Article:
How to Approach the Topic of a Prenuptial Agreement with Your Partner
This is the next post in my series on how to decide if a prenuptial agreement is right for your marriage. My last post discussed why a prenup is often a necessary document when a business is involved. In this post, I will be discussing how to bring up the subject of a prenuptial agreement with your future spouse.
Prenuptial agreements should be part of mutual financial planning
Prenuptial agreements often have a bad rap. People falsely assume that anyone who needs one is either protecting himself from a gold digger or is planning to keep their new spouse from earning spousal support at a later date. More often than many think, however, such is not the case. A prenuptial agreement should be a vehicle that protects both partners in the future.
The first step in discussing a premarital agreement with your partner is to have a larger discussion regarding finances. A couple should sit down, with a financial advisor if needed, and disclose all debts and assets. If the couple has different attitudes on spending then those differences should be discussed. Any concerns one may have should be brought up during that discussion. The engagement period is also a good time to discuss any long-term goals such as as large assets one person hopes to buy or any businesses a person may wish to start. Once both partners have a complete picture of the other’s finances then it is time to discuss any concerns. If one partner has a large amount of debt then a premarital agreement protects both the individual and the couple. One way to reduce anxiety one member may feel, over asking the prenuptial agreement, is to involve a financial advisor to make suggestions such as whether a prenup is needed.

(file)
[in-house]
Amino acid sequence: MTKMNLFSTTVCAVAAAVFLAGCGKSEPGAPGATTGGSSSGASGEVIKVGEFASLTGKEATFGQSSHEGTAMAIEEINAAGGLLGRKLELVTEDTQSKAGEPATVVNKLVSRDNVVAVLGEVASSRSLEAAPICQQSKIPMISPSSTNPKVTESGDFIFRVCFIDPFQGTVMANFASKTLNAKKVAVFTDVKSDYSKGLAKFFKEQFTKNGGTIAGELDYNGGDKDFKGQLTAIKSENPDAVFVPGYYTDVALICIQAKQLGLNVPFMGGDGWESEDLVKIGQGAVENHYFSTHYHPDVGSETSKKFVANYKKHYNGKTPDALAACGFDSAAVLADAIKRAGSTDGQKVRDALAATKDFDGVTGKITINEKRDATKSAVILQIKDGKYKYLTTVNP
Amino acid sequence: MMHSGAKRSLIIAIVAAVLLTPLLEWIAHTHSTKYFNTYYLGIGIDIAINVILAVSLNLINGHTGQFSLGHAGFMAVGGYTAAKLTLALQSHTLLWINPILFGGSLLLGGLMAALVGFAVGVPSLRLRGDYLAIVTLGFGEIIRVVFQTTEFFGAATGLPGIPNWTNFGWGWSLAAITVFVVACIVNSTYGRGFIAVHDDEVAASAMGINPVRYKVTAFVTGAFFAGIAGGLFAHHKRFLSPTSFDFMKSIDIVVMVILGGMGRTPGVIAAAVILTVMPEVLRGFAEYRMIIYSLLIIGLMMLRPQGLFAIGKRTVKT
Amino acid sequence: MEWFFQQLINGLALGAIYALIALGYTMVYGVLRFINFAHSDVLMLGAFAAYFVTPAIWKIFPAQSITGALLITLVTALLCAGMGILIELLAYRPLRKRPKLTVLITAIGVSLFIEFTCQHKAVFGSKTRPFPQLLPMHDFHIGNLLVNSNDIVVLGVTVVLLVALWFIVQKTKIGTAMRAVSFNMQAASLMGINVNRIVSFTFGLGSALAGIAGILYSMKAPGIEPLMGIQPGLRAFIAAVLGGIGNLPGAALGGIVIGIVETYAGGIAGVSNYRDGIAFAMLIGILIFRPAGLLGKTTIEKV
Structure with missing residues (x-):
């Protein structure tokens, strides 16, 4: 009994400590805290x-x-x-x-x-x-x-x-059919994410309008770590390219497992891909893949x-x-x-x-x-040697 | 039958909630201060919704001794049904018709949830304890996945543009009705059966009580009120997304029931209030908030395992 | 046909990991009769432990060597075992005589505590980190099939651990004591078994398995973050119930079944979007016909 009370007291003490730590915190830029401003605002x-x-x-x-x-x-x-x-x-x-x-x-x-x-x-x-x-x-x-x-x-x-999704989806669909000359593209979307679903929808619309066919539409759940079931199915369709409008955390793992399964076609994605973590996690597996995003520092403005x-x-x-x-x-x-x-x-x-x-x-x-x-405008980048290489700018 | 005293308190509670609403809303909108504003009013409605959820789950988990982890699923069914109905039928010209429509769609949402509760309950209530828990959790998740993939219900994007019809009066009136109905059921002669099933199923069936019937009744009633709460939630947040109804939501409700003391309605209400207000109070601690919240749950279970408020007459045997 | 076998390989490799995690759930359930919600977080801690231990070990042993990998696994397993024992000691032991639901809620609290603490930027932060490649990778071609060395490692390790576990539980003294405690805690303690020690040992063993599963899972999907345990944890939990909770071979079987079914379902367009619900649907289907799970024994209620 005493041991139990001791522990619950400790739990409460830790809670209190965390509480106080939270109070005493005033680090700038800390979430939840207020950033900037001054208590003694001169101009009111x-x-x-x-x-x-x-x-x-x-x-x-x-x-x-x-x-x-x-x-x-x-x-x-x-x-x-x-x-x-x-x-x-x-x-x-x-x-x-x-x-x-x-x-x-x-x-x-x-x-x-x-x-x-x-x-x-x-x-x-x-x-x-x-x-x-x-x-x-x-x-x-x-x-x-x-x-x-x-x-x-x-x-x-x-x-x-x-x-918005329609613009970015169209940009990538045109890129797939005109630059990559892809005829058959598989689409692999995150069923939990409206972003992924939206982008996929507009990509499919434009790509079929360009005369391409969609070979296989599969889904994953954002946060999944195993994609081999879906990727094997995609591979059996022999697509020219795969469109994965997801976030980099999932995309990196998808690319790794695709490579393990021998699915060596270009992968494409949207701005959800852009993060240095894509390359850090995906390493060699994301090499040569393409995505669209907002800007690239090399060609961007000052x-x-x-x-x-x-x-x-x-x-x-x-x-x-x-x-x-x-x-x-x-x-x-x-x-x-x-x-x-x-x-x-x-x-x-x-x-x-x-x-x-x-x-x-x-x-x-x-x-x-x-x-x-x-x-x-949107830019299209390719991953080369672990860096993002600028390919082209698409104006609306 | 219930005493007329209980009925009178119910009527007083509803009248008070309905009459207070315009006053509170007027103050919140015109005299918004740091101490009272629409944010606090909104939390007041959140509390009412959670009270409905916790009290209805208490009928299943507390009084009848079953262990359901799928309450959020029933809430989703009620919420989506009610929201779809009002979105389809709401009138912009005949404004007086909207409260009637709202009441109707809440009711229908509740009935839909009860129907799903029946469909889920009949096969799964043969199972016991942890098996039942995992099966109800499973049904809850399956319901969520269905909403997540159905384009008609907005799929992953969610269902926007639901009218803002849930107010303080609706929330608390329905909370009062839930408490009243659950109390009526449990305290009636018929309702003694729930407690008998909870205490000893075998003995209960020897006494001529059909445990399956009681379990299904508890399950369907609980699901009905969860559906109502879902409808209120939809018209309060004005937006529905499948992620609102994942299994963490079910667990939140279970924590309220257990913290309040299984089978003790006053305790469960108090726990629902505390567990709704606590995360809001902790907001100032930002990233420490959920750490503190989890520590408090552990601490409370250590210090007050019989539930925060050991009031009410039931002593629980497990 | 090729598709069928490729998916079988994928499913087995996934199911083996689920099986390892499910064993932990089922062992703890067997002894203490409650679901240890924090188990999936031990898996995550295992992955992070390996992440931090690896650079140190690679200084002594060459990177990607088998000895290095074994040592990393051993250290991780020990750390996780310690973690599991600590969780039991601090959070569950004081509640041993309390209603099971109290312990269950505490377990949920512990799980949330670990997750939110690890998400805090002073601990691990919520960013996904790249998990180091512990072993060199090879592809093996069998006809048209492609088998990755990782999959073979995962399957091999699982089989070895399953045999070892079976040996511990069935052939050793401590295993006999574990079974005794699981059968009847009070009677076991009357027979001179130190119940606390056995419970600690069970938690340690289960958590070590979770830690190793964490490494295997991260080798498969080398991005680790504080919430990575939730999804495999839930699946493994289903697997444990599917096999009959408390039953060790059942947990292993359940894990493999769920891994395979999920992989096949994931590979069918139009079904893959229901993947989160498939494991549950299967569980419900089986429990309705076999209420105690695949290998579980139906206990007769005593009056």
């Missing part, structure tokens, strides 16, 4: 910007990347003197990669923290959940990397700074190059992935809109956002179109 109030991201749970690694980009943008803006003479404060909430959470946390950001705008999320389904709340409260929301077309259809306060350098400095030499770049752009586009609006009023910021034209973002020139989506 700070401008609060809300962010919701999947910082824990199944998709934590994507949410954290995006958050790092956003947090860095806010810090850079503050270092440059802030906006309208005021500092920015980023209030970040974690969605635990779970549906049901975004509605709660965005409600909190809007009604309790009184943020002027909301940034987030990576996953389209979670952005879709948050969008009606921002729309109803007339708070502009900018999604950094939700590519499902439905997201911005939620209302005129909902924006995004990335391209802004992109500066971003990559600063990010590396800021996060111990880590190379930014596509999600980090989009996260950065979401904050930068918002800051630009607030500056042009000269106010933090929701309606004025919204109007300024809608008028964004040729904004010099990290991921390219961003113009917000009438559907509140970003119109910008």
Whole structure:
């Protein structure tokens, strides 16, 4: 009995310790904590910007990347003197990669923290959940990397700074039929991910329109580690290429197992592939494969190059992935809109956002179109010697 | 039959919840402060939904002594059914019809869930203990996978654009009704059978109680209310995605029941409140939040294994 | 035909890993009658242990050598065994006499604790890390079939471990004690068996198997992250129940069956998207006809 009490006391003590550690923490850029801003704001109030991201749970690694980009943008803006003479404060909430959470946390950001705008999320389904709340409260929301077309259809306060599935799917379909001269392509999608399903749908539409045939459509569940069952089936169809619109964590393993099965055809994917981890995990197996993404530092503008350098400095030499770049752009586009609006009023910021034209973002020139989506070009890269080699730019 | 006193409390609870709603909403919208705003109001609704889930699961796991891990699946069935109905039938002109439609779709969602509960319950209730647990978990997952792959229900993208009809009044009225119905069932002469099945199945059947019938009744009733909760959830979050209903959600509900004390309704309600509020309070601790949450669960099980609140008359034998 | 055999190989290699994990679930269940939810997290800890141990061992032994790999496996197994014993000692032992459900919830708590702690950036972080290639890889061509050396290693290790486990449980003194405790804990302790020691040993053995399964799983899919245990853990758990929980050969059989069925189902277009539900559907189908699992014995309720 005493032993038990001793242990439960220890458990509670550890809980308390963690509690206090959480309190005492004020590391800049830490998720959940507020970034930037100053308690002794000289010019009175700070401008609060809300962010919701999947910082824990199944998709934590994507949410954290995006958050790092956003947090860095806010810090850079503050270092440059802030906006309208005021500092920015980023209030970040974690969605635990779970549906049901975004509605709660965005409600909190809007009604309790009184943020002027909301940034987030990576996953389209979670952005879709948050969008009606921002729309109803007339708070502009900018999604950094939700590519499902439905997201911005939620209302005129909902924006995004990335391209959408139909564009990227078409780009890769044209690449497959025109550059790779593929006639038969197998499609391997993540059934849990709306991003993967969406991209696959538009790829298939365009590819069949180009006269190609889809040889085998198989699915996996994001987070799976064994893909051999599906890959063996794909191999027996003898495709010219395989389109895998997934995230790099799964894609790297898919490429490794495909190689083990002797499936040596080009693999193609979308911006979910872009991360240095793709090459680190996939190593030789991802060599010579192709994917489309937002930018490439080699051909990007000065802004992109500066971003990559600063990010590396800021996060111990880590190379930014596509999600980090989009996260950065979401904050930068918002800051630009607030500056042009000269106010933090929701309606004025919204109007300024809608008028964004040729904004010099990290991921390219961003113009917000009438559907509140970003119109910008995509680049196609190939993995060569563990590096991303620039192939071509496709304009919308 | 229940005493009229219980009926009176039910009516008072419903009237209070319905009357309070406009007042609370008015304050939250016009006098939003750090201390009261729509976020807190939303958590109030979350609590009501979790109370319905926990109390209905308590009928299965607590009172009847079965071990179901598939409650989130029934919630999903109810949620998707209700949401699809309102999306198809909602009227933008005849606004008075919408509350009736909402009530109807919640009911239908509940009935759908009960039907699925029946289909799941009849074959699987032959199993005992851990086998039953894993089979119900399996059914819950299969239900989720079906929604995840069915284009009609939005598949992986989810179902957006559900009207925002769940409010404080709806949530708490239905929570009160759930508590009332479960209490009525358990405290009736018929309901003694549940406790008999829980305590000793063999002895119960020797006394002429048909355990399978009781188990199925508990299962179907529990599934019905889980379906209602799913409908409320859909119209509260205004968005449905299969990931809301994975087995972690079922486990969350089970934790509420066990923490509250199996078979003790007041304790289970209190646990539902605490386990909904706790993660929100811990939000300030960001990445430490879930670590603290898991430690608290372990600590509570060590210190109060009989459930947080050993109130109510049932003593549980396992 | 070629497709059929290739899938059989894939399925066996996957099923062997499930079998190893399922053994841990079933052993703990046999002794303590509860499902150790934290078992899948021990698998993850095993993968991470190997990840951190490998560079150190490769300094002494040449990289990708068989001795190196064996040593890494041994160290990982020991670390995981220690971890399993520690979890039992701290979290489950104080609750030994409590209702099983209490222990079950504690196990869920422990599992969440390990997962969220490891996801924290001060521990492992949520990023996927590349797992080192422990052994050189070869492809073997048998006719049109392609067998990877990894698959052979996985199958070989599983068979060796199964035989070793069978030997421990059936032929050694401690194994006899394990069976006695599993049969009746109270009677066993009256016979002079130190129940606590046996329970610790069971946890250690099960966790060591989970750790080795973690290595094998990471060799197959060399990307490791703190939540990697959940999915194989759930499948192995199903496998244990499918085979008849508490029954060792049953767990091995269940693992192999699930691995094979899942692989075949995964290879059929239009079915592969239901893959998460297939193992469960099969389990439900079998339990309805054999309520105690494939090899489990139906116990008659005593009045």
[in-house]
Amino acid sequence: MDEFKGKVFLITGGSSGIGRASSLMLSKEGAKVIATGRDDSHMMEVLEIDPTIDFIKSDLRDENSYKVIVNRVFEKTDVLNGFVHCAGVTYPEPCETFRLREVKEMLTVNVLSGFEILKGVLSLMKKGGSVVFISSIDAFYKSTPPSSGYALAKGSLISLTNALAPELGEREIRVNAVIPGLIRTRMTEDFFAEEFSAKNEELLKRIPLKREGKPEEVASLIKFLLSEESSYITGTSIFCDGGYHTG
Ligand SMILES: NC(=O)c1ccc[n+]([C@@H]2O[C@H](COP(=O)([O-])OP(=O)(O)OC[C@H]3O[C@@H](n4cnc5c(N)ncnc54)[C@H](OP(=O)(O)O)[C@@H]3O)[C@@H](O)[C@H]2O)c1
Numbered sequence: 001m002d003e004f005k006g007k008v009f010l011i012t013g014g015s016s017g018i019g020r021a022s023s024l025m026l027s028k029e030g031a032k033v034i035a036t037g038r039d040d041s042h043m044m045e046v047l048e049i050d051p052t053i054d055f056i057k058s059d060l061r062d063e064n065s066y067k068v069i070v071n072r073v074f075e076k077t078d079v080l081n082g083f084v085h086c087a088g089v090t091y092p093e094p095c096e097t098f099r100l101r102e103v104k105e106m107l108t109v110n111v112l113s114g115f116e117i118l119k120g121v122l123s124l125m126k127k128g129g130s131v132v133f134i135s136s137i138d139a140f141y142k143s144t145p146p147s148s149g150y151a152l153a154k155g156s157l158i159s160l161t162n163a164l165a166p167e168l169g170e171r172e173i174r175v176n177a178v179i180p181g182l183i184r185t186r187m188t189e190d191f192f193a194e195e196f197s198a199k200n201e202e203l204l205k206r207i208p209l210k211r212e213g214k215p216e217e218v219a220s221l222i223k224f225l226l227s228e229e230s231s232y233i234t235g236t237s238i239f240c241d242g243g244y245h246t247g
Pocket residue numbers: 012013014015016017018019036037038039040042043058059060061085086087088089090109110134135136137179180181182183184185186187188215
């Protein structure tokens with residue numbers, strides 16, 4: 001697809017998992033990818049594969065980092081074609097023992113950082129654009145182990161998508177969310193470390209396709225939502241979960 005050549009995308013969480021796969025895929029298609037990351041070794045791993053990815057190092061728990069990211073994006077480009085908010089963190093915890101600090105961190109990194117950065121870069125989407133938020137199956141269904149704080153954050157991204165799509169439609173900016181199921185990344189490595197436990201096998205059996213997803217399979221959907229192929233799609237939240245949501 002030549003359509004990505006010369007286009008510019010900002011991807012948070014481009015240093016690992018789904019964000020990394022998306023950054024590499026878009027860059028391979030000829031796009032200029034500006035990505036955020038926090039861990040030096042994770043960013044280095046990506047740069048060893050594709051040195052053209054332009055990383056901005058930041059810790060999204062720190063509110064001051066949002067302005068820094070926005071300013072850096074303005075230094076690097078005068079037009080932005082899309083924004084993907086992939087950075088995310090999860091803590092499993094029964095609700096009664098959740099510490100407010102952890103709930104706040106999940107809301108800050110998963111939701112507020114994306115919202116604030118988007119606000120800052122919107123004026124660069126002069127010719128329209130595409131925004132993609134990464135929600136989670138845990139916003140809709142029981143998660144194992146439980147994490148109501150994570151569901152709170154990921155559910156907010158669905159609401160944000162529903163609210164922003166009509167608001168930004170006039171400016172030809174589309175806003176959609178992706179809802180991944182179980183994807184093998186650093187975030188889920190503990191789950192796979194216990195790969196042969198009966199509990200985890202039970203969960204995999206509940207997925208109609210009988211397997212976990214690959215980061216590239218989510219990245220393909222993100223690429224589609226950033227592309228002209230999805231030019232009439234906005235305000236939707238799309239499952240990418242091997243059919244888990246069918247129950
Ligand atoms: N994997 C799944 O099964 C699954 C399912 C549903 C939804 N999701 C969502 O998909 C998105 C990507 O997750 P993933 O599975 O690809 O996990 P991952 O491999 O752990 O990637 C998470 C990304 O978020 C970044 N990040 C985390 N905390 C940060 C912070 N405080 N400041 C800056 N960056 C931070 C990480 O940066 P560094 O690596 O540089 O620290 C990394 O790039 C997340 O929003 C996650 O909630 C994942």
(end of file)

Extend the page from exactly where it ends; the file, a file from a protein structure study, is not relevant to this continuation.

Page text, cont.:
Ensure that both parties’ are comfortable with the terms of the prenup
It is neither healthy nor valid to begin a marriage with one person “pulling something over” on the other. A prenuptial agreement is only valid if both parties have a full understanding of the document they are signing. It is highly encouraged that both persons’ retain separate counsel, so that there is no question as to the validity or fairness of the document. It is important, when discussing the issue, that either member of the couple voice any concerns they have with the agreement. It needs to be explained where those concerns come from. It is also important to remember that in California, prenuptial agreements can not dictate matters such as child support, and cannot outright waive spousal support rights. By taking these two issues off of the table, most spouses feel comfortable discussing matters such as protecting separate property.
If you believe you may need a prenuptial agreement prior to marriage contact a San Diego family law attorney today.